IT IS FAST becoming conventional wisdom, but is nonetheless true, that heavy political contributions by PACs to well-placed congressional incumbents are giving politics an even worse name than it already had. In the last two-year election period, PACs contributed more than $100 million to congressional incumbents, and you can bet that not all that money was given out of abstract admiration for the congressman's record or a disinterested desire for good government. PAC organizers tell their constituents that their contributions are getting them something, and many people around town and around the nation are getting the sinking feeling that they're right.

What should be done? Various answers are circulating around Capitol Hill, all of them in tentative form. One is a proposal by Sens. Charles Mathias (R-Md.) and Paul Simon (D-Ill.) for optional public financing of Senate general elections. Their bill would allow major party nominees for the Senate to opt for between $500,000 and $5.7 million of public financing, depending on the size of the state, for their general election campaign. Candidates who accept could accept no individual or PAC contributions and could spend no more than $20,000 of their personal money.

The Mathias-Simon bill falls far short of a complete public financing system and would supplement the existing public financing schemes we have now, in the presidential races and in elections for governor in Michigan and New Jersey. Those limited versions of public financing have worked out fairly well, but it should be remembered that each is tailored to the peculiar circumstances of a particular kind of contest, each has had its share of glitches, and each in important respects seems now to be in need of revising.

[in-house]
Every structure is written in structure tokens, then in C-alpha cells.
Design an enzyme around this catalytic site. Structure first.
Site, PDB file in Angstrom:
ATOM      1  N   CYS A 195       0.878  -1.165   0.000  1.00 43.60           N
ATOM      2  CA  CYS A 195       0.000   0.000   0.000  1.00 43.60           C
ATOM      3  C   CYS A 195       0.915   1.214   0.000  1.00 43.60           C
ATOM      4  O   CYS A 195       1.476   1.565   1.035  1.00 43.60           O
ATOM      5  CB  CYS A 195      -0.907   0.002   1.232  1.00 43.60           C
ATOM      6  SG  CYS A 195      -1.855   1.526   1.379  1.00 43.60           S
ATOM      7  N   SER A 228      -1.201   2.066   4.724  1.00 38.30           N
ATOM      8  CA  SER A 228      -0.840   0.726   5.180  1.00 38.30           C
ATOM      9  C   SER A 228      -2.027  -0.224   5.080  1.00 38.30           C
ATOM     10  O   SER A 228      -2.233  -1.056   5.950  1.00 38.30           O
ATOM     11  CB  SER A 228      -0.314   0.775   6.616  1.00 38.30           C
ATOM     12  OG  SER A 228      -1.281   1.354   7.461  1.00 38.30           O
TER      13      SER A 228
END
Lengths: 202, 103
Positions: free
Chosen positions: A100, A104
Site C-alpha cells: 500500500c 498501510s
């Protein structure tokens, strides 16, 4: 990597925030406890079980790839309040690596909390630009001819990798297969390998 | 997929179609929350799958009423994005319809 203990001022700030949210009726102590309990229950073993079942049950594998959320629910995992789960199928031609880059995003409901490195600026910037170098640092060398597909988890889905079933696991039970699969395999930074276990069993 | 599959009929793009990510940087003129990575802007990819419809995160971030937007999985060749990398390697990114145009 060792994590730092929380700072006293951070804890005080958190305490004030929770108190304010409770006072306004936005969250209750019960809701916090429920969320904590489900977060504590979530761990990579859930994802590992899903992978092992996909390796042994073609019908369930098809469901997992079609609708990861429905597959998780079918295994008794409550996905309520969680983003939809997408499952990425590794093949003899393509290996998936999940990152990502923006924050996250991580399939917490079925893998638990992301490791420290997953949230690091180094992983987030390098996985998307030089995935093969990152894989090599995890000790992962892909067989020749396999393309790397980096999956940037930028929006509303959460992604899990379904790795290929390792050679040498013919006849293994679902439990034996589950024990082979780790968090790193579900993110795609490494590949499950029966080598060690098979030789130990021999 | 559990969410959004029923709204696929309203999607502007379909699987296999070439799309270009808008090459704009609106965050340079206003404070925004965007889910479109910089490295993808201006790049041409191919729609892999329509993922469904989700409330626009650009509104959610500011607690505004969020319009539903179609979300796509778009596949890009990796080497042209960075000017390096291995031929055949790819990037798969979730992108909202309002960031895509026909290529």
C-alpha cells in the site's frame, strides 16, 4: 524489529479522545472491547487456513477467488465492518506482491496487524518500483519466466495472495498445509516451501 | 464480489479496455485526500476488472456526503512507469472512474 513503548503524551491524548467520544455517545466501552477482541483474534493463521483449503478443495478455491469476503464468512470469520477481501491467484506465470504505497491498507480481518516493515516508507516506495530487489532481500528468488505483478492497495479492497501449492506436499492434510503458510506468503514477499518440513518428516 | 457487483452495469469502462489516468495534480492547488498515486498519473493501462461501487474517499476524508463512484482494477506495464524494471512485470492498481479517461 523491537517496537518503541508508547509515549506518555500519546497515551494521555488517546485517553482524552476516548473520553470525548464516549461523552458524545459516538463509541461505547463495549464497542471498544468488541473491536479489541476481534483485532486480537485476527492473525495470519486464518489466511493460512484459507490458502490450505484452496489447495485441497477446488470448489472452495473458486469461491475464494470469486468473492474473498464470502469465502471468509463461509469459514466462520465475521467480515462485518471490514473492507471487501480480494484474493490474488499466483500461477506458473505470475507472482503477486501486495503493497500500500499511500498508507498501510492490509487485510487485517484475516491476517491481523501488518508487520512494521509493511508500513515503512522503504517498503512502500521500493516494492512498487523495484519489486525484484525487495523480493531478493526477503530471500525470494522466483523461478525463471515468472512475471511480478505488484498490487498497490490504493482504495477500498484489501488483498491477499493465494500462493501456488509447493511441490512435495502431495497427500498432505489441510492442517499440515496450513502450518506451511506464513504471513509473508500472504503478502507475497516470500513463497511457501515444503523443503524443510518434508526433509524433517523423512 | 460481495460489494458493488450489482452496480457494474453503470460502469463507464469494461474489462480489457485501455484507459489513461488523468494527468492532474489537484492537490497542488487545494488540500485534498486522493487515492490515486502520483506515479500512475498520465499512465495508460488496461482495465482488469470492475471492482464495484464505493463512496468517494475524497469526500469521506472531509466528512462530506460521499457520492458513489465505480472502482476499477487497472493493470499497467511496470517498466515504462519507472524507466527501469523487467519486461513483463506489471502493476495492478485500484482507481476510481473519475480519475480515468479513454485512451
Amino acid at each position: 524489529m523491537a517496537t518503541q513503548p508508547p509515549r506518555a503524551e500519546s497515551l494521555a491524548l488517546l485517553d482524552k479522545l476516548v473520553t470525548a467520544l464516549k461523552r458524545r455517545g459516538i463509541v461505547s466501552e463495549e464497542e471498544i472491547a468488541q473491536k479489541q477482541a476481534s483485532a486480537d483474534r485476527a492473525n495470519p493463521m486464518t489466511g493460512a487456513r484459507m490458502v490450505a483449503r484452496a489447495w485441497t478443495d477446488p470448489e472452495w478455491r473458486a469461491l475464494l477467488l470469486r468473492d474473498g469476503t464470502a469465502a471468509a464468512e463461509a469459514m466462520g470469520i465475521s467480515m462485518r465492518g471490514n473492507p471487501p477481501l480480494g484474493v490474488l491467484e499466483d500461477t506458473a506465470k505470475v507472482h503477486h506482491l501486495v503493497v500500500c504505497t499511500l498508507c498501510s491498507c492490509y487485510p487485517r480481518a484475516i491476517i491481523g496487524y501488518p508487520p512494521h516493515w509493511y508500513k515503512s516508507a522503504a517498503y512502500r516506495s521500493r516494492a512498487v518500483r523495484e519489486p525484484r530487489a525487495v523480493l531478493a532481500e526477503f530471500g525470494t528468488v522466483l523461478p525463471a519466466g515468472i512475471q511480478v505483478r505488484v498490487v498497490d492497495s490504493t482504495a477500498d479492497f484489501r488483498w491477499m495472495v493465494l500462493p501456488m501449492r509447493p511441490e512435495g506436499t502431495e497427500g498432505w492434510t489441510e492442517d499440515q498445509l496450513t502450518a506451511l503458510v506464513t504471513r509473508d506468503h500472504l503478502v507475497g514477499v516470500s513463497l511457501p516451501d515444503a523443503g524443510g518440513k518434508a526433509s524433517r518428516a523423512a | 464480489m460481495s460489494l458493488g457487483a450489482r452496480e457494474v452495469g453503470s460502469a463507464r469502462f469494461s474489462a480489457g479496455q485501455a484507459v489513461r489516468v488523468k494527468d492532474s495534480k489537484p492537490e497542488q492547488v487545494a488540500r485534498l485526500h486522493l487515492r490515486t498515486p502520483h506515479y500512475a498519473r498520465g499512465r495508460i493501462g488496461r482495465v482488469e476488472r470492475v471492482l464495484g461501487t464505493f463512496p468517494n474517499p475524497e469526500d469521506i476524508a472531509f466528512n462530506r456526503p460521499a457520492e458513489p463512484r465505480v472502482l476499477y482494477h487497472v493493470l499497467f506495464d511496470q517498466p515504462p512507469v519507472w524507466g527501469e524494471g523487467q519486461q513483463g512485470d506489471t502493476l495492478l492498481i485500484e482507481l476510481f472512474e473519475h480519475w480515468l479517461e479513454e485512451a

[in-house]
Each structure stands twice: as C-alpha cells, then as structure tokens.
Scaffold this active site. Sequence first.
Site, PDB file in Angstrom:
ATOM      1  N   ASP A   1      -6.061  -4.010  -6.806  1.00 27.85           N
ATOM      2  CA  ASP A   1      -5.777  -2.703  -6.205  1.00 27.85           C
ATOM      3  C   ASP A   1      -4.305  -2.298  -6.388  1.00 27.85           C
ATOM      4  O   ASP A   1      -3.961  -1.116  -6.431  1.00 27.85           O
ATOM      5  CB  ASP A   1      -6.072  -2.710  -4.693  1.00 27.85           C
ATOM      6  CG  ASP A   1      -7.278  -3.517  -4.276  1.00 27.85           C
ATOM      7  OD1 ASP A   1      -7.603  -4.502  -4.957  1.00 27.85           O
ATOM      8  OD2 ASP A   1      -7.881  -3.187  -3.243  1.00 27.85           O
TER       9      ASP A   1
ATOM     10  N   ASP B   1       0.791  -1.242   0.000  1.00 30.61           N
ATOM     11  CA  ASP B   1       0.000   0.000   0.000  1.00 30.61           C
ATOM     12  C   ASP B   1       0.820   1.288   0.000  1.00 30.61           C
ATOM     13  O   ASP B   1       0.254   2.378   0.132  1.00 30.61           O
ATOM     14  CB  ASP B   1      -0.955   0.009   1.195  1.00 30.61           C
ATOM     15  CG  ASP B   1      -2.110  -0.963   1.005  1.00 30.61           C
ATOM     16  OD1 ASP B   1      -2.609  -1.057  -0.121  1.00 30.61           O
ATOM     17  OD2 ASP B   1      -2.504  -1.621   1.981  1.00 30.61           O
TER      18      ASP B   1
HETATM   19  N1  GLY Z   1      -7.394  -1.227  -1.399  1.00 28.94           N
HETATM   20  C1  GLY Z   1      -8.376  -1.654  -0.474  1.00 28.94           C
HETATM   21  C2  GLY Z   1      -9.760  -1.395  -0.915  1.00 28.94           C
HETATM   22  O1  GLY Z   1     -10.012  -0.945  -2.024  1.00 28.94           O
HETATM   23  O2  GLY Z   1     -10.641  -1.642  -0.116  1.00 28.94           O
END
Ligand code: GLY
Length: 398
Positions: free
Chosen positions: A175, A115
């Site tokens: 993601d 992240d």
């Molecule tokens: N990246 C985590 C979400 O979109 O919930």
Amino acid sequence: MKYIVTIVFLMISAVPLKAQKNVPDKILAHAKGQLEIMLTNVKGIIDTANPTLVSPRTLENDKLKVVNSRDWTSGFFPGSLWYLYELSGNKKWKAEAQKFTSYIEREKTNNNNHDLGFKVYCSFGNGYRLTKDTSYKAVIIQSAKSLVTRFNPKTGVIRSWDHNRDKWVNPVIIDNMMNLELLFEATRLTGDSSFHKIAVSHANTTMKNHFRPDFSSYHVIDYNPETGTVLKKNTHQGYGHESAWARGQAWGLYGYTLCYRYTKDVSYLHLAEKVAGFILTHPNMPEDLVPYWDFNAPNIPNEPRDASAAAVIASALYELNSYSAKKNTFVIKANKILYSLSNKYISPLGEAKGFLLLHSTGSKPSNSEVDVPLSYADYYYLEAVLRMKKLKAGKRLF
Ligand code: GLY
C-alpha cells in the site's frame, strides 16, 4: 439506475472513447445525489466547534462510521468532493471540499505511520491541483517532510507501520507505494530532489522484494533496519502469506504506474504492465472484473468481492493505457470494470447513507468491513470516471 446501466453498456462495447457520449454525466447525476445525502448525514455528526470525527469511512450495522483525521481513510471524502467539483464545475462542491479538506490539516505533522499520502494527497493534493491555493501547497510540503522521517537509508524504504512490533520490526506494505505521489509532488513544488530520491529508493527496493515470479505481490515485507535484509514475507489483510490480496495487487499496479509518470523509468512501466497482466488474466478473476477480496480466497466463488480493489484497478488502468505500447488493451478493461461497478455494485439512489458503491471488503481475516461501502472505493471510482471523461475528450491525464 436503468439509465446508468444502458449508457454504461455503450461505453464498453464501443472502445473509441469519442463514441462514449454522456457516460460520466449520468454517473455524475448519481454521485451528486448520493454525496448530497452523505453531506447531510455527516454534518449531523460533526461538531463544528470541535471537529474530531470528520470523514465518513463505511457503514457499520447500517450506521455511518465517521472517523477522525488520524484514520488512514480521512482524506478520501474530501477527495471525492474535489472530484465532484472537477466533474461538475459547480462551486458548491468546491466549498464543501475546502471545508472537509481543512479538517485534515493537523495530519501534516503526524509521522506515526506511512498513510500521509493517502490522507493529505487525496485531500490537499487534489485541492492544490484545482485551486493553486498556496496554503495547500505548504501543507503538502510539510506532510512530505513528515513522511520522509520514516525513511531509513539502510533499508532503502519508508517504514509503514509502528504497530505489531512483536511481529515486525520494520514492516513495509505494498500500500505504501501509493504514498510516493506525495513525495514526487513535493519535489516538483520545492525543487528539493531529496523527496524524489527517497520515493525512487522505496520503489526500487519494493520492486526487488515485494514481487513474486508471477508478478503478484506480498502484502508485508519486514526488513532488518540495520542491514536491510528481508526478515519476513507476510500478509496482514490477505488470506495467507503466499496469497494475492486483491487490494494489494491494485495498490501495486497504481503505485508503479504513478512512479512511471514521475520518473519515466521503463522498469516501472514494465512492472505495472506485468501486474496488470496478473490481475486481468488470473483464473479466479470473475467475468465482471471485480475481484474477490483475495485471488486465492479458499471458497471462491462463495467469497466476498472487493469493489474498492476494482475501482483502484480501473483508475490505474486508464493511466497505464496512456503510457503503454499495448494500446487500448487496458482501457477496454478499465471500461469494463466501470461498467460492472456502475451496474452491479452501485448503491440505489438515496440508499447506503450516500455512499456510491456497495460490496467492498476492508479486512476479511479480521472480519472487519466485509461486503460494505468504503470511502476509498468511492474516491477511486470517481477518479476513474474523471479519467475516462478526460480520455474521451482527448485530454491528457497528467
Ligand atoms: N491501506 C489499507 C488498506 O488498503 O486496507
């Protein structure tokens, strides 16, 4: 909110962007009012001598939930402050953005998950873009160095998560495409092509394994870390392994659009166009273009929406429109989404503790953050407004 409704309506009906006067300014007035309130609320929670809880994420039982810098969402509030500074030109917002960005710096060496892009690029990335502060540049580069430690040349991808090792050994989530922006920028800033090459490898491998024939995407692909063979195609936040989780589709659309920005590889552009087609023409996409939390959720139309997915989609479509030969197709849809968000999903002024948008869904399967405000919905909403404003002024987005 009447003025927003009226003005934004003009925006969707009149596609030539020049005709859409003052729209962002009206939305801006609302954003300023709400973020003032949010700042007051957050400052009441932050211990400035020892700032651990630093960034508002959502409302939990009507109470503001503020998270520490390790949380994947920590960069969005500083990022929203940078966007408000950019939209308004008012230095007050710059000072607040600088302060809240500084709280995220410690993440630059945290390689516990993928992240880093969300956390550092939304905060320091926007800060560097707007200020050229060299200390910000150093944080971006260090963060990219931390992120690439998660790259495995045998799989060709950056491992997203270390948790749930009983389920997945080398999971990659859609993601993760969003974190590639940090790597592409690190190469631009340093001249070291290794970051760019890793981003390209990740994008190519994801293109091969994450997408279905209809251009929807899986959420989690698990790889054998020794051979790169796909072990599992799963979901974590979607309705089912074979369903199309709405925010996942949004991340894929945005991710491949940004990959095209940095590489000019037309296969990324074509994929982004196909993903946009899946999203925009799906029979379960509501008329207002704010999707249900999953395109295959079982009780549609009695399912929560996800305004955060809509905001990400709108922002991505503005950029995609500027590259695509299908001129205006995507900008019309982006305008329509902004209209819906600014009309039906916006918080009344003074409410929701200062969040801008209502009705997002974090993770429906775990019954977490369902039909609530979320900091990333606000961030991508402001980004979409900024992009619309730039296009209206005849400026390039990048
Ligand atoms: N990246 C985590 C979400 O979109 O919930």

All of which raises the question of whether any single public financing formula, even one as simple as that in the Mathias-Simon bill, can work acceptably -- can stimulate competition and operate fairly -- in 50 different states and in Senate elections with very different kinds of competition. The Mathias-Simon bill does little for states -- and in a given year there still are some -- where the real competition for a Senate seat comes in the primary. The amounts mandated may be so low as to put candidates who accept them at a serious disadvantage to those who don't. The source of financing, the $1 federal income tax checkoff also used for public financing in presidential races, may not be sufficient.

Such are the kinds of questions that should be raised and objections that should be made to any proposed campaign finance reform. It is a devilishly difficult business, and the unintended consequences of reform can prove to be far more important than the intended benefits if a new law is not scrutinized. The Mathias-Simon bill should be considered in this context.